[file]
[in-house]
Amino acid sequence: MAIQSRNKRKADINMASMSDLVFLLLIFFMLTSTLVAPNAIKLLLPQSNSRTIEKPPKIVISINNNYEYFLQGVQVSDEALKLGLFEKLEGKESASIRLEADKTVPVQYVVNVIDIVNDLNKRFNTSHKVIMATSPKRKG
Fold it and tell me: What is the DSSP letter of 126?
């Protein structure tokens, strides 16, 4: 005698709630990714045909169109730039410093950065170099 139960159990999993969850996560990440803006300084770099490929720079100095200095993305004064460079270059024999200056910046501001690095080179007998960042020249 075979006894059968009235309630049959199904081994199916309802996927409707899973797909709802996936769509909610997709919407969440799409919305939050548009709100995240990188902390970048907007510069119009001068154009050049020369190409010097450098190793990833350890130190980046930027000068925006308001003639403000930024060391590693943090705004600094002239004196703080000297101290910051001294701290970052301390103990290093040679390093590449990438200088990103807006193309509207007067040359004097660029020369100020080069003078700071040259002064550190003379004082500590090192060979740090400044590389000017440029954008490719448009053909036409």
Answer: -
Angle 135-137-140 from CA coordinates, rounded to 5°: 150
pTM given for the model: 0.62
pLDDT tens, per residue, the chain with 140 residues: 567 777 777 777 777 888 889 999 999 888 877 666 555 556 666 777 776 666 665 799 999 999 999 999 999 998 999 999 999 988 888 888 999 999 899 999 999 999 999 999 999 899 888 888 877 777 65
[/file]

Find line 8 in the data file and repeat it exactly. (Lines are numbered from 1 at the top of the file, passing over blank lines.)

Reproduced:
pLDDT tens, per residue, the chain with 140 residues: 567 777 777 777 777 888 889 999 999 888 877 666 555 556 666 777 776 666 665 799 999 999 999 999 999 998 999 999 999 988 888 888 999 999 899 999 999 999 999 999 999 899 888 888 877 777 65